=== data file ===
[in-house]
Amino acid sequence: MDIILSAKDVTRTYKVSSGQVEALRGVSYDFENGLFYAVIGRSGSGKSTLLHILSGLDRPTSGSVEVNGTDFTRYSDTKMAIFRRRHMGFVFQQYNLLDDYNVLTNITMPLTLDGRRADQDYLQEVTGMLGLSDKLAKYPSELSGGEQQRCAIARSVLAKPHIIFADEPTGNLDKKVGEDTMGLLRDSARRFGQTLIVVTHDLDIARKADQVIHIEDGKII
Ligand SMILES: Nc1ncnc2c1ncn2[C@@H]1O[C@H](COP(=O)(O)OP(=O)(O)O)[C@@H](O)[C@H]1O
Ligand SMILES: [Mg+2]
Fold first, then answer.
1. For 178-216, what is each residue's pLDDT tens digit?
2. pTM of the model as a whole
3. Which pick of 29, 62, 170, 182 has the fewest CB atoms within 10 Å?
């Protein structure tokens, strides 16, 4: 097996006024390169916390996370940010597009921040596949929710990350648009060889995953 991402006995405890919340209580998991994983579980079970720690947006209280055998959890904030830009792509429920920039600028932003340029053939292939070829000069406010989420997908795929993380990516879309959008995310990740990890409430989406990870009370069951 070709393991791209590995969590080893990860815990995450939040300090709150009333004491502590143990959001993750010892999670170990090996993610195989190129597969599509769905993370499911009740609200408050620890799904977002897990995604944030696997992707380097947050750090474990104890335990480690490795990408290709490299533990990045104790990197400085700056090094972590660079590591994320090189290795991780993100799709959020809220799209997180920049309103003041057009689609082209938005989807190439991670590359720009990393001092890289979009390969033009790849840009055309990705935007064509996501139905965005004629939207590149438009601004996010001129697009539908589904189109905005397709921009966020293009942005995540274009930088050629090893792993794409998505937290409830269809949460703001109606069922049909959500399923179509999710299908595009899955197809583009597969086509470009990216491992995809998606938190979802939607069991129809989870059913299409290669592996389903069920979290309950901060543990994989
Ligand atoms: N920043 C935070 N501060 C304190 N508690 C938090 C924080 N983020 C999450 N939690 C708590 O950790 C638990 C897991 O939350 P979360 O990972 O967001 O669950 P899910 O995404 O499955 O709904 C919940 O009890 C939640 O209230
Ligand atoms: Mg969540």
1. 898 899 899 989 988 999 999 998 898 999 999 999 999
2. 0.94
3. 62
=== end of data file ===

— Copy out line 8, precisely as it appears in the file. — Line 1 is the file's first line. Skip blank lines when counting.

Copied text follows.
3. Which pick of 29, 62, 170, 182 has the fewest CB atoms within 10 Å?